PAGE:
Preventing Repeat DUI Offenders

Every year across the United States, people are killed as a result of accidents involving alcohol.
In 2005, 24% of drivers who were involved in fatal traffic accidents were under the influence of alcohol.

There are many penalties in place for those who are found guilty of driving while drunk. They range from jail time and probation to fines and license suspension. But even these punishments might not keep people from drunk driving again once they are allowed behind the wheel of a car.

Repeat DUI offenders make up about a third of drunk driving arrests every year. Even though their licenses may be revoked, it is estimated that about 50-75% of these people will still drive even without a license.

This is where technology comes in. Ignition interlock devices are mechanisms that make it impossible to start a vehicle if the driver cannot pass a breath test. This test measures the breath alcohol level. If this test is above a preset limit (typically from .02% to .04%), the ignition will not be allowed to work. This prevents people from driving while under the influence of alcohol.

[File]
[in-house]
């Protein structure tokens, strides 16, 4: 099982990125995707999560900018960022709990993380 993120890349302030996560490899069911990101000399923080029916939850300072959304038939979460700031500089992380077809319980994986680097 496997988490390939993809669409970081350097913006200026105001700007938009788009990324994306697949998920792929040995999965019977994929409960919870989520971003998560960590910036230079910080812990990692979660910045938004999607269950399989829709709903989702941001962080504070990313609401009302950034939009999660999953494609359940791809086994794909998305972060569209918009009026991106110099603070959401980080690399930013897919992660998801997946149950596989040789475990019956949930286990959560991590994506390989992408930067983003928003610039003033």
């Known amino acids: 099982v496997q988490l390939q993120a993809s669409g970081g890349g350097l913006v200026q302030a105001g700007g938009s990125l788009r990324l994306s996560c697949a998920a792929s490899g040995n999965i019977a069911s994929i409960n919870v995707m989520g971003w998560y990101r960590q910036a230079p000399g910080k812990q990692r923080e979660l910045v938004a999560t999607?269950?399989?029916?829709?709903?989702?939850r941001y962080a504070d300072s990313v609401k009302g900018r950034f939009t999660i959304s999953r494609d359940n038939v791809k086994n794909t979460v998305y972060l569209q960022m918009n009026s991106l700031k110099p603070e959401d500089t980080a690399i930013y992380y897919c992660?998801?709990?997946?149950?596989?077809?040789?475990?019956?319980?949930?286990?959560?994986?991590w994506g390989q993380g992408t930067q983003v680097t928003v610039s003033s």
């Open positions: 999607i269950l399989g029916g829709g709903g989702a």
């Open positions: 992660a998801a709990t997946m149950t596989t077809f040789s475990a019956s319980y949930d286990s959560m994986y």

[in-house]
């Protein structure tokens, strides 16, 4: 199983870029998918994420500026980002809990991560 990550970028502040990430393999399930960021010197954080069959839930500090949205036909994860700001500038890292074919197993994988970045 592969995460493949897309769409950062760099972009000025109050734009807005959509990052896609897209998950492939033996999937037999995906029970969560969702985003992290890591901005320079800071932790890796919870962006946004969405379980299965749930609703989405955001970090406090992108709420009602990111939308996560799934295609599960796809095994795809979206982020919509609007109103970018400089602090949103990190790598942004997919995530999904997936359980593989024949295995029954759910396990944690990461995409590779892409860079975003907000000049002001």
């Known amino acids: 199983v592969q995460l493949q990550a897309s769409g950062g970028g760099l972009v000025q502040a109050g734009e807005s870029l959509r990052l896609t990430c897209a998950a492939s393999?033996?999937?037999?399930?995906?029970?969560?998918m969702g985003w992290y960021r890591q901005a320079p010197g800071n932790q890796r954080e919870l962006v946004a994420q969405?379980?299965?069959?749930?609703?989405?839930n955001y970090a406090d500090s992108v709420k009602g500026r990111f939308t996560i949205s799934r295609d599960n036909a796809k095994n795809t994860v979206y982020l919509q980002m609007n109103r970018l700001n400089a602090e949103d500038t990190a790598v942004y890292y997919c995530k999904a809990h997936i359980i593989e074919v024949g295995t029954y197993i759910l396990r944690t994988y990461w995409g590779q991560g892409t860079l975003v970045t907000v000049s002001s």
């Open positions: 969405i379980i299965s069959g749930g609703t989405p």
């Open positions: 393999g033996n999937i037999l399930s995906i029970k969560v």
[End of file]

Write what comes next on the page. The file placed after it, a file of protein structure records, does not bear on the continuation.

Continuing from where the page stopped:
The system also asks for tests randomly after the car has been started. If the person driving fails to provide a breath sample, or is over the breath alcohol content limit, an alarm will sound until the car is turned off. This deters people from having someone sober breathe into the system to start the car or from drinking while driving after the initial test has been passed.

The offender pays for the device, instead of tax dollars going to the punishment. These extra fees may help to deter people from drinking and driving.

The ignition interlock device helps to reduce the number of subsequent offences by 50% to 90%, as compared to offenders who were not ordered to have the device installed.

These devices are not the only solution, as offenders can certainly revert to driving under the influence after the ignition interlock device is taken off. But while the device is in place, it makes the roads much safer for everyone.

There are estimated to be 31 states that do not make ignition interlock devices mandatory.